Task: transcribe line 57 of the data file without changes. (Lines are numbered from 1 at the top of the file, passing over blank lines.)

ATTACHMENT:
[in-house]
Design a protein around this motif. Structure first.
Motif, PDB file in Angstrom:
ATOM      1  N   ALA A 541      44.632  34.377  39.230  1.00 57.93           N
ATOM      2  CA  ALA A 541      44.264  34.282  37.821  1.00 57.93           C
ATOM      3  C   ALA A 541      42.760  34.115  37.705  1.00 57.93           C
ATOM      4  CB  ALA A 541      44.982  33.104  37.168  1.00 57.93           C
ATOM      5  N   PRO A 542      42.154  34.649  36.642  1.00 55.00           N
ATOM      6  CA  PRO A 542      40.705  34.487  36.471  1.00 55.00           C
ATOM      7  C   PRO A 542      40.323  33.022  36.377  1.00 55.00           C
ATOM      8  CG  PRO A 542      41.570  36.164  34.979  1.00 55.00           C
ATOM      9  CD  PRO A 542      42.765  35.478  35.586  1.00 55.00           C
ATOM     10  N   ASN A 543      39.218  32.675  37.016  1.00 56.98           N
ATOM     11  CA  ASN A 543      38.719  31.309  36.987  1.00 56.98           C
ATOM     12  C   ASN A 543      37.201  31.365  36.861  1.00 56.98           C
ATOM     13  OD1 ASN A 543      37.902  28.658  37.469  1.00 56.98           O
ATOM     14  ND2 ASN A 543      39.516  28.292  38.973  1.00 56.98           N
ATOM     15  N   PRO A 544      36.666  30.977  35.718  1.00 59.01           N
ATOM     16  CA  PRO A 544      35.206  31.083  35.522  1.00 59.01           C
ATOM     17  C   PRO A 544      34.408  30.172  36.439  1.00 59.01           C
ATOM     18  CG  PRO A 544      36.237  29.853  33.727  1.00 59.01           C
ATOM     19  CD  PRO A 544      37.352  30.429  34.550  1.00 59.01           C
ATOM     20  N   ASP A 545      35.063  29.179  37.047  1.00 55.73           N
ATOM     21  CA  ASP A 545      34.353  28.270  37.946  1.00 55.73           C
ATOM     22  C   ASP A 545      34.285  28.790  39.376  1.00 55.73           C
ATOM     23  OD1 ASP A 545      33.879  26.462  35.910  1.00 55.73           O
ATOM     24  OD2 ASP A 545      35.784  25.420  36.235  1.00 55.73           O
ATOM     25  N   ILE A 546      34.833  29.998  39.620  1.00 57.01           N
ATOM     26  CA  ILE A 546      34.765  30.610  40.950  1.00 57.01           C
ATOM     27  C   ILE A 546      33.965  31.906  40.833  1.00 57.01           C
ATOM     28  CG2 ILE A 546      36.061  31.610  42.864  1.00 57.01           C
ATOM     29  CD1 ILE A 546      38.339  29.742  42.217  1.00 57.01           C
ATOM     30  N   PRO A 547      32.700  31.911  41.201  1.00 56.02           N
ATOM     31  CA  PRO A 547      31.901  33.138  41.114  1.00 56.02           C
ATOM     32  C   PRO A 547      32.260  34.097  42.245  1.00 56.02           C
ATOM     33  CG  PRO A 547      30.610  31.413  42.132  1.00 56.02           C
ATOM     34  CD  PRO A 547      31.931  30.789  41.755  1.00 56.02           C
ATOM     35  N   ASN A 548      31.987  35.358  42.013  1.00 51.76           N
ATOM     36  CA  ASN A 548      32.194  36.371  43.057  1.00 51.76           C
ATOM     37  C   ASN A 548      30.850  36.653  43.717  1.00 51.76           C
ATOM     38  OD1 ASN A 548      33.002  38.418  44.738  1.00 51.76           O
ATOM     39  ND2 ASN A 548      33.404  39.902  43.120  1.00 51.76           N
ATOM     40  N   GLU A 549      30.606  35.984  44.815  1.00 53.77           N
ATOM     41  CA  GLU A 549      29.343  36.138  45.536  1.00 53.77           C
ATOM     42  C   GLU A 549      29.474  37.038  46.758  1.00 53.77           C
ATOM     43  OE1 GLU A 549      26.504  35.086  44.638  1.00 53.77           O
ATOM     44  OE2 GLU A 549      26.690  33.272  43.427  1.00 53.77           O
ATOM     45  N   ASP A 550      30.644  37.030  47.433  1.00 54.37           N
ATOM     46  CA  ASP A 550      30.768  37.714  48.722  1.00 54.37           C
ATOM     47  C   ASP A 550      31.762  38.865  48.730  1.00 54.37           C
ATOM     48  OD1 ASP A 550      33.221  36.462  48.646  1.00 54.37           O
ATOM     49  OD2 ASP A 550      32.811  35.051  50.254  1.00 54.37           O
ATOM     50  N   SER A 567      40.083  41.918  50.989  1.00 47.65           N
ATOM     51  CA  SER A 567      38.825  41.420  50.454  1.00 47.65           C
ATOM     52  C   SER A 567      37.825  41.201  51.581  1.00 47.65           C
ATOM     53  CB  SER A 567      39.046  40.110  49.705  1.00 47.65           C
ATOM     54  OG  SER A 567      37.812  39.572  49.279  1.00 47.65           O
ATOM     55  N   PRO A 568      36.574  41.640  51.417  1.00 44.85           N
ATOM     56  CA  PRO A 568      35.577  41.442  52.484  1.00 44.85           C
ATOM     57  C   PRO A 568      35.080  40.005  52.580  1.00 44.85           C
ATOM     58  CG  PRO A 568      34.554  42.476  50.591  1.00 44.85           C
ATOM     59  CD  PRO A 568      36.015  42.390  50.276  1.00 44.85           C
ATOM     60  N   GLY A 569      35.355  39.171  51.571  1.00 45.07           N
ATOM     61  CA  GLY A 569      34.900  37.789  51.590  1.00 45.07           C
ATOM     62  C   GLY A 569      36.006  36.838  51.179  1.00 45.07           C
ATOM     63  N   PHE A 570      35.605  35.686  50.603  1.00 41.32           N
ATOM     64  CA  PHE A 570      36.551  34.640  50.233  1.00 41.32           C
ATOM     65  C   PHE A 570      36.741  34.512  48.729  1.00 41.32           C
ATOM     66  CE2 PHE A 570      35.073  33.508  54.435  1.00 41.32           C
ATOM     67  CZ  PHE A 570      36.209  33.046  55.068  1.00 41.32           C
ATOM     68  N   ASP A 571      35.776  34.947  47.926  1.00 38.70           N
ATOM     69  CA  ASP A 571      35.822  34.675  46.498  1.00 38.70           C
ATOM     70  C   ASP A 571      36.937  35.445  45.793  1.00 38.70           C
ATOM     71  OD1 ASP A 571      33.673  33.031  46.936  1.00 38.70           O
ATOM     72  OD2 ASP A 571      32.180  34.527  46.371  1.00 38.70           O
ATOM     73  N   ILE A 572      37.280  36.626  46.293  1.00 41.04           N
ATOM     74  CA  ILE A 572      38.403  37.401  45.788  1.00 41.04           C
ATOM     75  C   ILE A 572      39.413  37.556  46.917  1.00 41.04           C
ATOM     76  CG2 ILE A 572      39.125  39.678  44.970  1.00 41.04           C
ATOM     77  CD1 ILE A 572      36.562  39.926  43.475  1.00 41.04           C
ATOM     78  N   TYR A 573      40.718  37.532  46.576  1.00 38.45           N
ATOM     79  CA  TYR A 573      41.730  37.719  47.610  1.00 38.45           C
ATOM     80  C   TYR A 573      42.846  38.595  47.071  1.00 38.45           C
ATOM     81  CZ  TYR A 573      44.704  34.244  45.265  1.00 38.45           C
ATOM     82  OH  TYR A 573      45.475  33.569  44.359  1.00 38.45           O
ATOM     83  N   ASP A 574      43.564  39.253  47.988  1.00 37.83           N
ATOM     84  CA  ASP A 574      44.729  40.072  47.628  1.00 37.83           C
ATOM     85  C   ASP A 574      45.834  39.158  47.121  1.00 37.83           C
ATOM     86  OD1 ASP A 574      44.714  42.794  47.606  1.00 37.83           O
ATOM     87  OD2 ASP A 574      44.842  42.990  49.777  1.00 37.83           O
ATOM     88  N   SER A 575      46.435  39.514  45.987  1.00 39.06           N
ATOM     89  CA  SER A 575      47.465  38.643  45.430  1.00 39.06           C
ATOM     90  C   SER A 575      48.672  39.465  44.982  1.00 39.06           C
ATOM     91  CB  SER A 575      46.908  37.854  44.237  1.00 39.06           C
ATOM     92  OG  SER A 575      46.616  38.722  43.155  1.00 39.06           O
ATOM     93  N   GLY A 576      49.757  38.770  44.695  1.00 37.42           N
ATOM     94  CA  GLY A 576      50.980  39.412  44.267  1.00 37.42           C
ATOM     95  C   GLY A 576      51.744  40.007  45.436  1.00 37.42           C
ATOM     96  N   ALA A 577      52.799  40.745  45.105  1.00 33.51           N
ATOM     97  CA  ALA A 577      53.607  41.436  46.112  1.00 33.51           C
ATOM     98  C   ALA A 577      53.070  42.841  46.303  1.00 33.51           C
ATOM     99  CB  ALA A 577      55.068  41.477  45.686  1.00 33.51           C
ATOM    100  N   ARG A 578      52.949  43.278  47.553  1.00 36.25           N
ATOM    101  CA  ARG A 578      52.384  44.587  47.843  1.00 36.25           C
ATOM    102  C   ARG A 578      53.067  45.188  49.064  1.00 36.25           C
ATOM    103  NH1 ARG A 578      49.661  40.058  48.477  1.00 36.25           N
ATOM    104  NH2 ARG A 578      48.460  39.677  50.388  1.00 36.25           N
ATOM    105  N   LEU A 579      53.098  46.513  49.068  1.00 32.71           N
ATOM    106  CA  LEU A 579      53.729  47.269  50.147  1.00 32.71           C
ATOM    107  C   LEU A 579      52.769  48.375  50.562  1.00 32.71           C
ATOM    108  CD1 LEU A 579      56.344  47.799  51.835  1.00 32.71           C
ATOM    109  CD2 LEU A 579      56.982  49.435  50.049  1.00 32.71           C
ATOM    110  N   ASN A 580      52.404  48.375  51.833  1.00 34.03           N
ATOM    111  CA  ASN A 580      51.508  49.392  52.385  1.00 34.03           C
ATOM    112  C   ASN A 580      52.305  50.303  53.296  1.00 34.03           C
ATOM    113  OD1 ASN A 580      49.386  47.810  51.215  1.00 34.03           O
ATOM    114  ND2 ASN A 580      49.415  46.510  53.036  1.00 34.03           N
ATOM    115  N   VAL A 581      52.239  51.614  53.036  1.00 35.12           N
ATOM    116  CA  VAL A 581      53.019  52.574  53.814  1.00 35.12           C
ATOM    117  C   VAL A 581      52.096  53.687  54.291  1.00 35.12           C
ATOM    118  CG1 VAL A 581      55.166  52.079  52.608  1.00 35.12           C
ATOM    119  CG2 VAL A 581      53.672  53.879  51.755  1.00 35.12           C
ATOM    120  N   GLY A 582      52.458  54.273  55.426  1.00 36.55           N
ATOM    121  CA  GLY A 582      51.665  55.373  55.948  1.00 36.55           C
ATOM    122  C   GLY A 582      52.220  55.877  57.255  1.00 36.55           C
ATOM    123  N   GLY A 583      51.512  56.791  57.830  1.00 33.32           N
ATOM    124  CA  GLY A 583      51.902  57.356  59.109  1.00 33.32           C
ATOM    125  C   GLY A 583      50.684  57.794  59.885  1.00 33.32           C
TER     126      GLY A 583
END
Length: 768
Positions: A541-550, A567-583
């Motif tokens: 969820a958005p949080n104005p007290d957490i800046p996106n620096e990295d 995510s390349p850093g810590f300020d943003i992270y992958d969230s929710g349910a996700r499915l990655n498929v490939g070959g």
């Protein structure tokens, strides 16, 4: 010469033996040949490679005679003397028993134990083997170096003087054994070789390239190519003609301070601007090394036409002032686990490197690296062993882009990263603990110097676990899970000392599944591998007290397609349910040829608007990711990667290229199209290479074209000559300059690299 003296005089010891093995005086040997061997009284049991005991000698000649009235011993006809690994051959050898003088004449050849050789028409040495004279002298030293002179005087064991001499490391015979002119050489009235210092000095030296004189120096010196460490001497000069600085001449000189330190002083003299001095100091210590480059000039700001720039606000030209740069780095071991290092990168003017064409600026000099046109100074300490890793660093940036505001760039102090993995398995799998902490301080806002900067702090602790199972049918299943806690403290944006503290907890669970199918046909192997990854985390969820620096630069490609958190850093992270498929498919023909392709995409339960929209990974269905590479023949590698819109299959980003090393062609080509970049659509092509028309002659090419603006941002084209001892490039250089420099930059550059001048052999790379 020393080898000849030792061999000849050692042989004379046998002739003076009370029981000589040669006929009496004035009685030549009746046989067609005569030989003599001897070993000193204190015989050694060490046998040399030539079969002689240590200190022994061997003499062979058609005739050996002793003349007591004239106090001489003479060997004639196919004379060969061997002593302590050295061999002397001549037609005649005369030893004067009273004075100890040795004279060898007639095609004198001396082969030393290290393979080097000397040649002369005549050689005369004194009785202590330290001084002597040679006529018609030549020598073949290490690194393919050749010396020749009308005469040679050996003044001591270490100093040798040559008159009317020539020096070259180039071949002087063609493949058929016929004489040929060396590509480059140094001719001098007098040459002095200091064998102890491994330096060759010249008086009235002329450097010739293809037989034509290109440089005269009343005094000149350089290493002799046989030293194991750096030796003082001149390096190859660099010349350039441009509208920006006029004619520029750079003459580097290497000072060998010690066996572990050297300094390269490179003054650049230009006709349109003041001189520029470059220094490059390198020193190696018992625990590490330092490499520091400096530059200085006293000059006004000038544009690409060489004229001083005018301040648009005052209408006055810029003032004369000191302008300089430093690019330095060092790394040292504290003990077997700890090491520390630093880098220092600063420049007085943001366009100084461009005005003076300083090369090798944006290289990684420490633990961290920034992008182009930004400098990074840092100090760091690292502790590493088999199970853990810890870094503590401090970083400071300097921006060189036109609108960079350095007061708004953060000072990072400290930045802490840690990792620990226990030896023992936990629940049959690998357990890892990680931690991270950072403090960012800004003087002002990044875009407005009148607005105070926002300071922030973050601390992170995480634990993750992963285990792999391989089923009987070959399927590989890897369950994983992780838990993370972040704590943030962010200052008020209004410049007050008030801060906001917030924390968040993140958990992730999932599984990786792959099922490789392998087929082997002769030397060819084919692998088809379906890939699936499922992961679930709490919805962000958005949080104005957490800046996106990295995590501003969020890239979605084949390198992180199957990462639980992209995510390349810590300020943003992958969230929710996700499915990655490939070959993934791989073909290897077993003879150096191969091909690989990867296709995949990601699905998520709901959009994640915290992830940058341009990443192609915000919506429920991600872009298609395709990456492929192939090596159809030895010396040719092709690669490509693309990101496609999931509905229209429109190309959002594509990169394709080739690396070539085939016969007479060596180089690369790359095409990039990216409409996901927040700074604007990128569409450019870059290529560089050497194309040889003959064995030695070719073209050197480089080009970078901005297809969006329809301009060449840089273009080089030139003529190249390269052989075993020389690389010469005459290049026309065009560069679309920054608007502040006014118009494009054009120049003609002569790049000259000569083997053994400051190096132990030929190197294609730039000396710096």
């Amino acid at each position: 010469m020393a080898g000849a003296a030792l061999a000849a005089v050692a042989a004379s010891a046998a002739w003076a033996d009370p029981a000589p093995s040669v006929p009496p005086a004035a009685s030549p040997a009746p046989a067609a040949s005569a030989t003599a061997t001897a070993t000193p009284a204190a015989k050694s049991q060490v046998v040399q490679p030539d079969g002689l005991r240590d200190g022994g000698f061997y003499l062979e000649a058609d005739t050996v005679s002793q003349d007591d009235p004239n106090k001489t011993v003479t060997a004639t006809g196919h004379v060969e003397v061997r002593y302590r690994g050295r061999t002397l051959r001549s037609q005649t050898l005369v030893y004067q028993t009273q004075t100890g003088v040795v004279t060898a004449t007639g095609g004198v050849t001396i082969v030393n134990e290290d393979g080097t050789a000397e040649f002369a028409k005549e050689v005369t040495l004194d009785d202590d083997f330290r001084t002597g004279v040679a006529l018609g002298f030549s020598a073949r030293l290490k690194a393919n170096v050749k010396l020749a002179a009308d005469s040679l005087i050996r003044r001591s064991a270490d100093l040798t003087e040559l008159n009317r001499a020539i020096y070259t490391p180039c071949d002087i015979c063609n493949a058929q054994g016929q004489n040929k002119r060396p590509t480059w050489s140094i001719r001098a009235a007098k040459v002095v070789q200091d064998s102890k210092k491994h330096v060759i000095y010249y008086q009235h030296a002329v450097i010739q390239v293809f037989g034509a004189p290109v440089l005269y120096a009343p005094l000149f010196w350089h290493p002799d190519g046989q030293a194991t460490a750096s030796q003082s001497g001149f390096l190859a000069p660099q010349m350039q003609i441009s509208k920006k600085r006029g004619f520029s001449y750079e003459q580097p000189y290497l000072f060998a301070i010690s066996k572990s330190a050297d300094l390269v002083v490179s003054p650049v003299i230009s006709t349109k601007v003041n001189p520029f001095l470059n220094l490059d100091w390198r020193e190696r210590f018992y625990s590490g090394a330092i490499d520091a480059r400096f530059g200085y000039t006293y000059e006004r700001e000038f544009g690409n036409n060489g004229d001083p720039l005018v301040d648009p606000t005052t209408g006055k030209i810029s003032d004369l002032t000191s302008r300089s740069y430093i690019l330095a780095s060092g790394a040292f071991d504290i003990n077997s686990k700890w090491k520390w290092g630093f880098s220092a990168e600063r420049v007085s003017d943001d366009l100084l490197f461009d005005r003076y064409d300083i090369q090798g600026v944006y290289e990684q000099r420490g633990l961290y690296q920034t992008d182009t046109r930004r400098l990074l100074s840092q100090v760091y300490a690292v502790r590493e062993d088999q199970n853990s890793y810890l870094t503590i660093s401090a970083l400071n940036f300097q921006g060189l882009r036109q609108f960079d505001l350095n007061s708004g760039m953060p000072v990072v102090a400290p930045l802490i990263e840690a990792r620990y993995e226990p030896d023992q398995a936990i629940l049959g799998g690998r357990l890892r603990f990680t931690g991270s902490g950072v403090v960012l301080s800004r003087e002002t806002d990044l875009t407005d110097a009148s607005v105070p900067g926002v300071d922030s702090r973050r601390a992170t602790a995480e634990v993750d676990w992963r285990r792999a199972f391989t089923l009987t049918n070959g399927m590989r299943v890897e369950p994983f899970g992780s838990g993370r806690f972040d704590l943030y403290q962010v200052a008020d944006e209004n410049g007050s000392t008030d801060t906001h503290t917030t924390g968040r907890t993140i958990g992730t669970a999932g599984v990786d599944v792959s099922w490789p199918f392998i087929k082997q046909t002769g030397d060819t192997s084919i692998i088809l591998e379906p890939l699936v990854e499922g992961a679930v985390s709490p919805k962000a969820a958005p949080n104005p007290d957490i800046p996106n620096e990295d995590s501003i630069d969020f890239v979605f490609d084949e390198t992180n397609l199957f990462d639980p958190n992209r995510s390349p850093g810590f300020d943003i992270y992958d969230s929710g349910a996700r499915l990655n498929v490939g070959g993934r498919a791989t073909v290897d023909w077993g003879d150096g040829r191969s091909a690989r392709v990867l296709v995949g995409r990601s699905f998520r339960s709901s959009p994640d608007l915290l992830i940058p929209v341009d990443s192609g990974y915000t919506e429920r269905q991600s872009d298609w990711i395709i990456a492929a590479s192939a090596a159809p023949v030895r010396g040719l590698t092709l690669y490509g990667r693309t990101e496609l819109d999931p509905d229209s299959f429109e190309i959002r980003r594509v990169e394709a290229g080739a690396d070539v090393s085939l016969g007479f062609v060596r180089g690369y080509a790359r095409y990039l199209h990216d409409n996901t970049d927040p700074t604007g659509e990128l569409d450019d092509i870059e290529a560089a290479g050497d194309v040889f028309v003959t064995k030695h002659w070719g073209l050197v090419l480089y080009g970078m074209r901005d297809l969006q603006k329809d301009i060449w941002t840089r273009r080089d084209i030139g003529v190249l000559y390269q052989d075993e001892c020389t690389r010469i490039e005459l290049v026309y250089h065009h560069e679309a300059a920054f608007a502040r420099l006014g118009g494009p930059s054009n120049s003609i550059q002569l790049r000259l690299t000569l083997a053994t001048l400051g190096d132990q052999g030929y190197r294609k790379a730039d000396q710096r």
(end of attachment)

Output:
ATOM     54  OG  SER A 567      37.812  39.572  49.279  1.00 47.65           O